Mailinglist Archive: opensuse (1108 mails)

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Re: [opensuse] Using e2fsck in, eg, Leap 15.0
On 2018-08-21 06:25, Basil Chupin wrote:
On 20/08/18 12:08, Lew Wolfgang wrote:
On 08/19/2018 06:57 PM, Basil Chupin wrote:
On 19/08/18 21:43, Carlos E. R. wrote:
On 2018-08-19 08:28, Basil Chupin wrote:
Many moons ago, when nobody ever walked into a lamp post while staring
into a smartphone, one could check the status of the ext4 file system
where oS was installed (as a for instance, /dev/hda3).

To do this, one first issued (as root) the command:

init 1

followed by

mount -o remount, ro /dev/hdXY

and then issuing:

e2fsck /dev/hdXY

(preferably) without any parameters.

Now, I see that 'e2fsck /dev/hdXY' (man e2fsck) this command is still
available and effective but the 'mount -o...' command does not 'work'
anymore.

What is the new way, please if anyone knows, to check the status of
the
ext4 file system?
You mean that you want to check the "/" filesystem, the same one
that is
running.

Well, I simply don't do that. I boot from another partition, and if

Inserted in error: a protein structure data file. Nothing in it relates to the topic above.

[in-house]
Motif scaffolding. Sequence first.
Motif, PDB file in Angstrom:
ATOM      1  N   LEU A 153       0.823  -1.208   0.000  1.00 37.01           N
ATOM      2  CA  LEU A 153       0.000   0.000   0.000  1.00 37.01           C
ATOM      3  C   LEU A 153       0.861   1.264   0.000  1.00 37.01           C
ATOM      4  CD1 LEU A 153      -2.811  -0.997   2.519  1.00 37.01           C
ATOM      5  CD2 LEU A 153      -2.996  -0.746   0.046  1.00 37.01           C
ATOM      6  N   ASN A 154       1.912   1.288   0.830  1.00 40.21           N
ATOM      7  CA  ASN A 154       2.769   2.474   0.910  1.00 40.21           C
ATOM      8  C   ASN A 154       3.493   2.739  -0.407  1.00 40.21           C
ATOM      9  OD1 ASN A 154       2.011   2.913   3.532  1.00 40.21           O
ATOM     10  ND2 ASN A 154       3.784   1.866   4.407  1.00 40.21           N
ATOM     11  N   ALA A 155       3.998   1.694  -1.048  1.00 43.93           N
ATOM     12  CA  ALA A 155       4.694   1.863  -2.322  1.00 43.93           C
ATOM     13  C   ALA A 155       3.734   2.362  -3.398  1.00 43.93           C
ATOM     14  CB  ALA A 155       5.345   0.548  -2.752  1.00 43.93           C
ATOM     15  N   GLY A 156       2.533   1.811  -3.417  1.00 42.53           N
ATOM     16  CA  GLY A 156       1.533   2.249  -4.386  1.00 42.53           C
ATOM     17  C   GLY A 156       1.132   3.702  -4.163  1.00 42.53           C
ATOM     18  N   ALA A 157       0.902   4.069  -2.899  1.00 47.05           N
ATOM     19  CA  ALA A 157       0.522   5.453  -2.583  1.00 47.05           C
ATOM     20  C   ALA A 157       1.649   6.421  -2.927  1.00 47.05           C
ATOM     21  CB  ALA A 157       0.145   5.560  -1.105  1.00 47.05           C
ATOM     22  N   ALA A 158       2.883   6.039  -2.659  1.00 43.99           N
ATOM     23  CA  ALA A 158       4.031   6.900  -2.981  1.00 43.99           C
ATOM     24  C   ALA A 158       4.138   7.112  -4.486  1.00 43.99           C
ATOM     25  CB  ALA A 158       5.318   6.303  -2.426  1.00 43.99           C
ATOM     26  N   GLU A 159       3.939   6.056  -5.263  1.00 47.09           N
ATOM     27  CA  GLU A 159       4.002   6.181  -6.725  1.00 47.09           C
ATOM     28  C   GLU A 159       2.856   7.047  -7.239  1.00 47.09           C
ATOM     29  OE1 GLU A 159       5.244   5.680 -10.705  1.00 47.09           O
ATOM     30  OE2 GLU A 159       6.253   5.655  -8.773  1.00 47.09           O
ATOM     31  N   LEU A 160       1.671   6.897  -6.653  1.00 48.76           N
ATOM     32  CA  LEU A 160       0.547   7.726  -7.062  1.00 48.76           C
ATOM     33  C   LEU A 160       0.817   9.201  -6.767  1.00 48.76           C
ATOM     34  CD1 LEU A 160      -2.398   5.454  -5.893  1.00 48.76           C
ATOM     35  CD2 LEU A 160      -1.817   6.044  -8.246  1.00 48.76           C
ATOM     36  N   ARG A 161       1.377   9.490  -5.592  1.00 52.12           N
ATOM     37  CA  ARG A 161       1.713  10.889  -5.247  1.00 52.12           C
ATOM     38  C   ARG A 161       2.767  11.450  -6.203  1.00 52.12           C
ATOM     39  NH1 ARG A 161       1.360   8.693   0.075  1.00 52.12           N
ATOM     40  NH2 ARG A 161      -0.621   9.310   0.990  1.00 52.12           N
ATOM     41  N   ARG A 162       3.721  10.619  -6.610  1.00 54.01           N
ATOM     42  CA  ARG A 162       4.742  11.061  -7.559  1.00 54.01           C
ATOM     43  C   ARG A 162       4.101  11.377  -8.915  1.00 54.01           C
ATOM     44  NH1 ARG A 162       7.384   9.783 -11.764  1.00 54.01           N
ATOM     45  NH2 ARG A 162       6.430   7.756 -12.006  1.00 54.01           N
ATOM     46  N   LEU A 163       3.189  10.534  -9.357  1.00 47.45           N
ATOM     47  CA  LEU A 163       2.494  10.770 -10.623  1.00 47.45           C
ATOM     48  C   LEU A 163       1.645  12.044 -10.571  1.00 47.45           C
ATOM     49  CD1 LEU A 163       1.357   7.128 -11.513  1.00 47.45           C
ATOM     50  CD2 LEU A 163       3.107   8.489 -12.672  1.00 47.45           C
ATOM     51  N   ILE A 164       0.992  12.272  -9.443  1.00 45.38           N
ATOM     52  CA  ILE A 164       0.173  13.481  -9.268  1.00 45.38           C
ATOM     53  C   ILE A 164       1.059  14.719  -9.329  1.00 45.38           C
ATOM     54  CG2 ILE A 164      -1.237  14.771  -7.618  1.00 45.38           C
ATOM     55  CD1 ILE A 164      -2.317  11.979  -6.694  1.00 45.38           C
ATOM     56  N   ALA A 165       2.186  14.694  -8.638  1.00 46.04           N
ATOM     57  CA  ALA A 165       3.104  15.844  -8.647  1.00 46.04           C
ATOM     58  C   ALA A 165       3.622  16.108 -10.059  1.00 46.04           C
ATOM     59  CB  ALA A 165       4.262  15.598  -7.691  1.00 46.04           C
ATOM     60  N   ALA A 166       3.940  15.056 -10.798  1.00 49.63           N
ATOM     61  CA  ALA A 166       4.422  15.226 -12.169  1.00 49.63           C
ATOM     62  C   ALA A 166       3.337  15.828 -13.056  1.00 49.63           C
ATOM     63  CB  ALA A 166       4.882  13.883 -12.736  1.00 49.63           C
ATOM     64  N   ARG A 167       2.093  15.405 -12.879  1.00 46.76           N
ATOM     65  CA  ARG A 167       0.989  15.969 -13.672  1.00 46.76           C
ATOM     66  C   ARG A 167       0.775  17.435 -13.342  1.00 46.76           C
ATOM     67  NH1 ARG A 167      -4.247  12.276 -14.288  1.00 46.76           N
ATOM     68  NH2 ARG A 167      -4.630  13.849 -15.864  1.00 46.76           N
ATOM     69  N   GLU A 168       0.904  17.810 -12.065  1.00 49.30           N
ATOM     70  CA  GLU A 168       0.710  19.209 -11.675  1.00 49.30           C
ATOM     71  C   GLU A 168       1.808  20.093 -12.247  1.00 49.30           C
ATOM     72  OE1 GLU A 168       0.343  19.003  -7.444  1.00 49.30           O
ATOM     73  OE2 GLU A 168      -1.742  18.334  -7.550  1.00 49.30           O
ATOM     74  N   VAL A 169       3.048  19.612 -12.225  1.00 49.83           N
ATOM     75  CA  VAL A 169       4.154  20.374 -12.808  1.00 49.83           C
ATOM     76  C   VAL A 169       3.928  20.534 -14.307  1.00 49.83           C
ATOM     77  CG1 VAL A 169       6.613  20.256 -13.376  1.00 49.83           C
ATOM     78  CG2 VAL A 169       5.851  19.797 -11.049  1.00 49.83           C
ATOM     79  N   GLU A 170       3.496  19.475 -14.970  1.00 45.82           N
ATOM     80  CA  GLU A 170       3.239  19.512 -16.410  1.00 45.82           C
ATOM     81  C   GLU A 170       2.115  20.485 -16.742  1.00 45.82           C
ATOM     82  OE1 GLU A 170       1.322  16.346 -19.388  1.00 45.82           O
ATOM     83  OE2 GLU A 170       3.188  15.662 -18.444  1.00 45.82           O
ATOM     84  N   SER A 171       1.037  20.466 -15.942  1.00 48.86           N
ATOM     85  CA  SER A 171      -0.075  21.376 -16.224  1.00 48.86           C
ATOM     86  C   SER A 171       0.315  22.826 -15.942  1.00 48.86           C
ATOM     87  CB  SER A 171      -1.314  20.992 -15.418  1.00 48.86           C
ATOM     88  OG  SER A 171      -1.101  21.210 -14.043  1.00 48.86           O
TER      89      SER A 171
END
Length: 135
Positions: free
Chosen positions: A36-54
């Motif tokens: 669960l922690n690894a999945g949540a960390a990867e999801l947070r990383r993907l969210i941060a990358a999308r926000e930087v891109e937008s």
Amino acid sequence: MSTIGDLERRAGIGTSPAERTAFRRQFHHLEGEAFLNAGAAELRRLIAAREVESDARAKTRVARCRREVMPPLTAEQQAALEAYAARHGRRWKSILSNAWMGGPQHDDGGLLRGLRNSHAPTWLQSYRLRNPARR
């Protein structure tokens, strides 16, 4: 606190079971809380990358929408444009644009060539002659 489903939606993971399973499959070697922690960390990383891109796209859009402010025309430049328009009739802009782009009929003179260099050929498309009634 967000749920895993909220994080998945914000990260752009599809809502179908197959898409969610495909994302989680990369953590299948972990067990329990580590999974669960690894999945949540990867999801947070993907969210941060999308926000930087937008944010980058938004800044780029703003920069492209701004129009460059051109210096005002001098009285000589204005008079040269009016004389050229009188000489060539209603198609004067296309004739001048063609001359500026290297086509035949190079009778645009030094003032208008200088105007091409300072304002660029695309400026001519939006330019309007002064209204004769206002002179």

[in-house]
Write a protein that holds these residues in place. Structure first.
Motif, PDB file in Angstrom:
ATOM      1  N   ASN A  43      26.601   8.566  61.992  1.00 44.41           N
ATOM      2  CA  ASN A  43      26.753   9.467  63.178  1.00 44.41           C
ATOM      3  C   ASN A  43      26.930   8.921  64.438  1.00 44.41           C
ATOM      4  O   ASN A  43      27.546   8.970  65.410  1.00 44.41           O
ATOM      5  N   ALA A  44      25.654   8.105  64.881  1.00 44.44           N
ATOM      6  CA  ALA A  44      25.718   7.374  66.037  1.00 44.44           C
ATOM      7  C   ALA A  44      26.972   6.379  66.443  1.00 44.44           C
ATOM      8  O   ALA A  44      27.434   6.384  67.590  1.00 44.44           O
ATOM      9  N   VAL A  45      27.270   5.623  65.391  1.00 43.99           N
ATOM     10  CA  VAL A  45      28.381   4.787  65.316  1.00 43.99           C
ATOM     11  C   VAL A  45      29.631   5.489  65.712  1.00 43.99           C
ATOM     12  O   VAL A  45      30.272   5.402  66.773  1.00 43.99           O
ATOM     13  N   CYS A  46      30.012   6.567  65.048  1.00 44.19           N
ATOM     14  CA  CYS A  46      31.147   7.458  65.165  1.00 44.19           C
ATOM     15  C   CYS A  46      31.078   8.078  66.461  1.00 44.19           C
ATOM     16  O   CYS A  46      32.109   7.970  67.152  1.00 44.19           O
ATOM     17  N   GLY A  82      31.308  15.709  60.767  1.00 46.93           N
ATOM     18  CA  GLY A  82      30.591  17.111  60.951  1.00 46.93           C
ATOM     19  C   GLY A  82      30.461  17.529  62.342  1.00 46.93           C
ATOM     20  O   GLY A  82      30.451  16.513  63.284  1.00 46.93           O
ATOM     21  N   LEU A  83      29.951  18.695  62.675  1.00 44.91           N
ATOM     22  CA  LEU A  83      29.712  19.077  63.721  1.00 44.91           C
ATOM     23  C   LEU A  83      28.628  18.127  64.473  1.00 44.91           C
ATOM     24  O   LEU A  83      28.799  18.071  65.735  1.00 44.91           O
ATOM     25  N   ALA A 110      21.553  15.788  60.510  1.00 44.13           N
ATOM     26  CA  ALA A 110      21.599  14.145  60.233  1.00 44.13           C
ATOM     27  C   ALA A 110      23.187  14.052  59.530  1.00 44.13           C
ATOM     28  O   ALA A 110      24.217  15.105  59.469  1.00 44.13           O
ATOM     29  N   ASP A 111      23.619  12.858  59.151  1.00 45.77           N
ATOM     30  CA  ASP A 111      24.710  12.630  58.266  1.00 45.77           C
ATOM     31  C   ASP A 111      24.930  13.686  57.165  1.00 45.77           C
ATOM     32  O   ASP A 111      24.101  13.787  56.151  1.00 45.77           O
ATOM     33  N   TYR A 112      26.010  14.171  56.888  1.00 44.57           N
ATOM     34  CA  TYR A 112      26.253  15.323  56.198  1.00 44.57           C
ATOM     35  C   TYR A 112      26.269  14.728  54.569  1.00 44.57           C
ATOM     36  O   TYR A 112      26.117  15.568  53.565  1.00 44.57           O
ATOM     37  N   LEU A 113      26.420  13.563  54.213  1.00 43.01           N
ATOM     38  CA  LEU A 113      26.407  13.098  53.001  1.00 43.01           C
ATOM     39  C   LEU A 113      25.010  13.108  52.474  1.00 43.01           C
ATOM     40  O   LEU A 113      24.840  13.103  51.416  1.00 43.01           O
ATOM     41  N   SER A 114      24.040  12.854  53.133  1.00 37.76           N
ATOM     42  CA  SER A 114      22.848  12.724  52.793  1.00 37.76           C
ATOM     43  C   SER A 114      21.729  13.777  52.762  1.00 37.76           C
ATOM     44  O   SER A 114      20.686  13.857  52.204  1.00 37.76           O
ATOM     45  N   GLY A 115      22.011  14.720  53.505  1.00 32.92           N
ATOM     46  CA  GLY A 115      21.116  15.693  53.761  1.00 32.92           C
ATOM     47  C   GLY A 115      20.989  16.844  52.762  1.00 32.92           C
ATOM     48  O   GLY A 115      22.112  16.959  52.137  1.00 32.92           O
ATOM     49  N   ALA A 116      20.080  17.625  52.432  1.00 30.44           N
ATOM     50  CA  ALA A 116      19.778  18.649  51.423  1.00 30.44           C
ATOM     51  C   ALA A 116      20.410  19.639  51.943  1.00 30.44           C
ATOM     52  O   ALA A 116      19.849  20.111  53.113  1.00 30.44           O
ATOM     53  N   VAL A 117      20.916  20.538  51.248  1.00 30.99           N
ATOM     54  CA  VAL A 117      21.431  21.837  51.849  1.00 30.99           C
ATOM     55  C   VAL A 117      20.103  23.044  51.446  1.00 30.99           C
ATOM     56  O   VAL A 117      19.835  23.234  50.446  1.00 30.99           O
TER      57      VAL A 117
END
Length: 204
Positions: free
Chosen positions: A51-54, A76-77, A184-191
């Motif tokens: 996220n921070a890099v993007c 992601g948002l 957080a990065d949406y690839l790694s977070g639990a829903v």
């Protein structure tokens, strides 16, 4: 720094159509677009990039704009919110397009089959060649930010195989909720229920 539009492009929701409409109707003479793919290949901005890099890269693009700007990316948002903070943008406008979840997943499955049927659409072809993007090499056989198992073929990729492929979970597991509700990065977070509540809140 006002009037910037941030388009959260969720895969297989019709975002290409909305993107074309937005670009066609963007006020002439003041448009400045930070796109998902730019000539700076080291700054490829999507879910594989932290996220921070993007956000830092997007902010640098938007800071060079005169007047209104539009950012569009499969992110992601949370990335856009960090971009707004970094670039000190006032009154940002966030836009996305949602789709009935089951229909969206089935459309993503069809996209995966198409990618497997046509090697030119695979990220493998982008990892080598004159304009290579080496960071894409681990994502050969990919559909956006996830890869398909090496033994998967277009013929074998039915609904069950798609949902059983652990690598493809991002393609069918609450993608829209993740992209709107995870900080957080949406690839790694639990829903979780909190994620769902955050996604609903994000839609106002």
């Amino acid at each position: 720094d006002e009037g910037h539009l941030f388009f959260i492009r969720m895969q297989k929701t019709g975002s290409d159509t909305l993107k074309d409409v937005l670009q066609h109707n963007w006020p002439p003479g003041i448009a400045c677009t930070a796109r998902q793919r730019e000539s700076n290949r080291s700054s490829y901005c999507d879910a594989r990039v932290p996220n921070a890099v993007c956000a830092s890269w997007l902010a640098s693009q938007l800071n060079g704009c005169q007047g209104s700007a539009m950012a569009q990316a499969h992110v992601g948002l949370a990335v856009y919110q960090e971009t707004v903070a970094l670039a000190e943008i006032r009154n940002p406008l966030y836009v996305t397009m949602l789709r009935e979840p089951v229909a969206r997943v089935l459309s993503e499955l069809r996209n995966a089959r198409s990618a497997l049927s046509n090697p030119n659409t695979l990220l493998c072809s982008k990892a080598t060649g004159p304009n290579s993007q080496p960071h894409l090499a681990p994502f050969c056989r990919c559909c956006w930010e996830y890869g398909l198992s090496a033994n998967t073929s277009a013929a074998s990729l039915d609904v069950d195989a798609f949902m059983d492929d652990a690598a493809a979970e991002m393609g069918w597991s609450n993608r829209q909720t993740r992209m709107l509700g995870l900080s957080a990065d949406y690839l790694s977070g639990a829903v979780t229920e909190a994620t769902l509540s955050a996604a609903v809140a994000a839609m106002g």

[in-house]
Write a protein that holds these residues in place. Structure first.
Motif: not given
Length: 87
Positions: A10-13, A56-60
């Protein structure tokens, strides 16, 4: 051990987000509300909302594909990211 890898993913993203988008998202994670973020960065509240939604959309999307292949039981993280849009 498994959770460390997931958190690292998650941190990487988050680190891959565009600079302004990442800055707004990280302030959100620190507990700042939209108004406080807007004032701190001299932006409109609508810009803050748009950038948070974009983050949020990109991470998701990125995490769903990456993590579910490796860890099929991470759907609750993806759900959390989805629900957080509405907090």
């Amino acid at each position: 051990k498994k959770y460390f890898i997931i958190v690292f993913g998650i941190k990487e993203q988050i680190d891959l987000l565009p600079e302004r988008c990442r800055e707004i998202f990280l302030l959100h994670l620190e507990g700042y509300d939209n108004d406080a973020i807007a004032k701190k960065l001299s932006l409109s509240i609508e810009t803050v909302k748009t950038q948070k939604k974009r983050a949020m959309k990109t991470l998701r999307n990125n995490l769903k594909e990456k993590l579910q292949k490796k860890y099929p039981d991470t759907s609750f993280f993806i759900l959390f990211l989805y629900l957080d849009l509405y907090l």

there is none, I boot a rescue stick. Then, I fsck without tricks.


A possibility is to flag the filesystem as dirty, creating a certain
empty file on "/", then reboot. But I don't remember the exact name,
nor
do I know if it works with systemd. It did with init.d, and I could
simply read the scripts to find out its name.

Anyway, this boot fsck sometimes failed and said I needed do a full
fsck, manually. Which meant a rescue system.

Thanks Carlos, this is where for the first time I am going to create
that Rescue Disc/Stick :-). Now to read the 'How To...' :-).

Why don't you just use the rescue system on the installation DVD, Basil?
I use it all the time.

Why simplify matters when more complex solutions exist?

(I am attempting to create a rescue USB stick but if that fails I'll
definitely use the DVD :-).

But the simplest way in the past was to do what I wrote in my opening
post. And if only someone could tell me what now replaces 'mount -o
remount, ro /dev/hdXY' in systemd :-(.)

Try to do that in the default btrfs system, and good luck >:-P

--
Cheers / Saludos,

Carlos E. R.
(from 42.3 x86_64 "Malachite" at Telcontar)

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